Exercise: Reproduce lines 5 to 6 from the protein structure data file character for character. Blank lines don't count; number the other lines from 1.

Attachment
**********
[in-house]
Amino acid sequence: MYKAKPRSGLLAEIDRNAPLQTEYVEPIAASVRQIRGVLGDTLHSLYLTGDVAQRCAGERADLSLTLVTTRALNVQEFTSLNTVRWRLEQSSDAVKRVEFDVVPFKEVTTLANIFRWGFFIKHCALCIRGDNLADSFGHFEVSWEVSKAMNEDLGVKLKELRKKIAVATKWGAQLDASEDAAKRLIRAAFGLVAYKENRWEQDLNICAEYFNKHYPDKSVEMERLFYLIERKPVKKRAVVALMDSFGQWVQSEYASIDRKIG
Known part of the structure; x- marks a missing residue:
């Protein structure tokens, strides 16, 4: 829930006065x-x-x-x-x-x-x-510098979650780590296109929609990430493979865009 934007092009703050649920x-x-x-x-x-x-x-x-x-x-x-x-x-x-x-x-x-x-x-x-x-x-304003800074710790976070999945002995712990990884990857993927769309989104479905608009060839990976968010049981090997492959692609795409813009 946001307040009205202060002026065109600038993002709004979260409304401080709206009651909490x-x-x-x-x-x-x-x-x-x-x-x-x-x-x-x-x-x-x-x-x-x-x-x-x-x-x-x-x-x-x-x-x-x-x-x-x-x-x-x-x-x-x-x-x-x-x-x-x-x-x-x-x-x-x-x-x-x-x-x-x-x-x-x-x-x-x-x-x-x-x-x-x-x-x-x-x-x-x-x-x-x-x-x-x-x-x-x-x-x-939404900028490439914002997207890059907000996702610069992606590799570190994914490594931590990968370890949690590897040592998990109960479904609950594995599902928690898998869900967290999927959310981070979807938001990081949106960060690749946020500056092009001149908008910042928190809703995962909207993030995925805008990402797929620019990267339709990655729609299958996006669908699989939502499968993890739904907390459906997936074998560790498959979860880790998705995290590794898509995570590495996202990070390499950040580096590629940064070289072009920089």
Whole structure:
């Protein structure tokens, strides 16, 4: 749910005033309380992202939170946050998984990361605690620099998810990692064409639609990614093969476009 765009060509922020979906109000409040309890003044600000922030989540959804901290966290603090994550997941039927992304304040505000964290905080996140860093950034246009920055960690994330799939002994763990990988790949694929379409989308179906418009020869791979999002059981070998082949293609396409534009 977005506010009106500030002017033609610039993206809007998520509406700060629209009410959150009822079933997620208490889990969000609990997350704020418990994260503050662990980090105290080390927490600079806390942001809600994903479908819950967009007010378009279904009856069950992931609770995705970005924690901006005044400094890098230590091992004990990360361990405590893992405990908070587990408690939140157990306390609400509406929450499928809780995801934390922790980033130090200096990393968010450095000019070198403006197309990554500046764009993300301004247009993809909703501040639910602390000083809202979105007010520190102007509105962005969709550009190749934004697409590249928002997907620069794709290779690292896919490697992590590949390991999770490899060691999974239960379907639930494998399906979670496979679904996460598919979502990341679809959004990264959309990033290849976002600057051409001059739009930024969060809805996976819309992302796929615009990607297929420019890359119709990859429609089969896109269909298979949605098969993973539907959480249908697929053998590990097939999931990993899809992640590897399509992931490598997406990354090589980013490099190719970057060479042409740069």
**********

Whole structure:
């Protein structure tokens, strides 16, 4: 749910005033309380992202939170946050998984990361605690620099998810990692064409639609990614093969476009 765009060509922020979906109000409040309890003044600000922030989540959804901290966290603090994550997941039927992304304040505000964290905080996140860093950034246009920055960690994330799939002994763990990988790949694929379409989308179906418009020869791979999002059981070998082949293609396409534009 977005506010009106500030002017033609610039993206809007998520509406700060629209009410959150009822079933997620208490889990969000609990997350704020418990994260503050662990980090105290080390927490600079806390942001809600994903479908819950967009007010378009279904009856069950992931609770995705970005924690901006005044400094890098230590091992004990990360361990405590893992405990908070587990408690939140157990306390609400509406929450499928809780995801934390922790980033130090200096990393968010450095000019070198403006197309990554500046764009993300301004247009993809909703501040639910602390000083809202979105007010520190102007509105962005969709550009190749934004697409590249928002997907620069794709290779690292896919490697992590590949390991999770490899060691999974239960379907639930494998399906979670496979679904996460598919979502990341679809959004990264959309990033290849976002600057051409001059739009930024969060809805996976819309992302796929615009990607297929420019890359119709990859429609089969896109269909298979949605098969993973539907959480249908697929053998590990097939999931990993899809992640590897399509992931490598997406990354090589980013490099190719970057060479042409740069």